Willson says he has no memory of the moments before he was hit by the train, or of the day or two afterwards. He says he “never imagined” the train would run over him, especially since base authorities and local law enforcement officials had been thoroughly briefed on the demonstrators’ intention to block the tracks.
But he is certain of one thing: that he deliberately got in the path of the locomotive to uphold his principles and that he had thought out his actions carefully.
“I feel like standing on those tracks was like what we have often said the Germans didn’t do,” Willson said. “Why weren’t the Germans stopping the death trains going through Germany? I feel that the essential question in this country is ‘What is the price for peace?’ What are we willing to pay for peace?
“There’s a price for everything. There’s a price for silence and there’s a price for various kinds of complicity. I have enough visceral experiences in Vietnam and Central America now that the maiming and the killing is very real; it’s not abstract.
“The life of a Nicaraguan or an El Salvadoran or an Angolan is worth no less than my life and we kill them everyday with our policies. Therefore, the question I like to pose is ‘How do we begin to stand in the way of that train?’ ”
As far as he’s concerned, “staying on the tracks in front of a train carrying munitions that are going to kill people to me was upholding international law. Now, you can say it was stupid, but I wasn’t jumping on the tracks or doing something hurriedly or thoughtlessly.”
But, he admits, it’s also personally not as simple as that.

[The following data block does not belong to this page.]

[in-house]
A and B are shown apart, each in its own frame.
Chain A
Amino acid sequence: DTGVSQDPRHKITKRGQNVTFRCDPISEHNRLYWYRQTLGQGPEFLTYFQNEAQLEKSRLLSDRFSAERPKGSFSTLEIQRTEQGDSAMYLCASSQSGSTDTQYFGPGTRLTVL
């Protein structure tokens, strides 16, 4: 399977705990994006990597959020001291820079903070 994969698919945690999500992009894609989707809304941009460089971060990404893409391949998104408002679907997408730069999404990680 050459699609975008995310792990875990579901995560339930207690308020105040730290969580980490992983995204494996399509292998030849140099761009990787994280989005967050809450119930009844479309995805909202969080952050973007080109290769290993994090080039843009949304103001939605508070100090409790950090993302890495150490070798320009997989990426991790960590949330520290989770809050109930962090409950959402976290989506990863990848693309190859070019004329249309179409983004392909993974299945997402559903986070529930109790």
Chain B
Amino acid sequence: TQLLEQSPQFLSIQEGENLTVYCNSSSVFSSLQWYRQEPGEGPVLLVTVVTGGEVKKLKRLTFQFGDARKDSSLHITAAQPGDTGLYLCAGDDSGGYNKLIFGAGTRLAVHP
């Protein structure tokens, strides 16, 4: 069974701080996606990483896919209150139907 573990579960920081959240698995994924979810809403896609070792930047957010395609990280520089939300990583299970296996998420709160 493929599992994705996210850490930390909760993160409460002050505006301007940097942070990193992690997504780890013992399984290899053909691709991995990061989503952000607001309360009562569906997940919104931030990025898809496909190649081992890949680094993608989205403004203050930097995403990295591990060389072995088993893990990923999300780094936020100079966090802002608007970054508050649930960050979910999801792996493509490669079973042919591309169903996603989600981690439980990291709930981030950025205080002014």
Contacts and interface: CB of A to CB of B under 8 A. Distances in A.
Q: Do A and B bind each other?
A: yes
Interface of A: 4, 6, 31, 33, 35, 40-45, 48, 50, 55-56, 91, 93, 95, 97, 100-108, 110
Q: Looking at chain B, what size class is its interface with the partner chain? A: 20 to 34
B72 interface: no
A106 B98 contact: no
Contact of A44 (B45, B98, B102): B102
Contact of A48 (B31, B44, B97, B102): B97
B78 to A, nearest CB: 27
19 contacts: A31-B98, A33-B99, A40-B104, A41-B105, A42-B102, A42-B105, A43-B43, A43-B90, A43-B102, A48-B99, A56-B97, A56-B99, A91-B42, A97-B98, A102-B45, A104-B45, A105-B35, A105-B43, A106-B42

“That’s not to say that I would advocate people standing in front of the trains,” he concedes. “I’m trying to work out for myself how strongly I feel about it.
“I feel very badly for the people who had to witness it, including my 14-year-old stepson. I would certainly not have asked my stepson to be there to witness such a horrendous thing.”
Despite the uncertainties they face, both Willson and Rauen are busy planning their future. She says they may move to San Francisco because “Brian hates Marin County.” Willson expects to embark on a national speaking tour this fall.
For the next few weeks, he will remain in the hospital, where he will be fitted with his first set of artificial limbs and undergo a rigorous routine of physical rehabilitation as he relearns the skills the train carried away. He does not seem to mind.
“I’ve seen 500 or 600 people in Central America with their legs blown off, so to me this doesn’t seem like a big deal,” he said.
“Now, I know it’s a big deal to me, personally, but it doesn’t really seem in the scheme of things to be a big deal. I might go through a period of post-traumatic stress depression, but I know this: I don’t have any regrets about what I did or why I was there.
“I believe that for the rest of my life that I have to be prepared--as I was once went off to war with the idea that I might die for the collective good--that I might die for the good of what I call the consciousness of the Earth.”
Times staff writer Dan Morain in the San Francisco contributed to this story.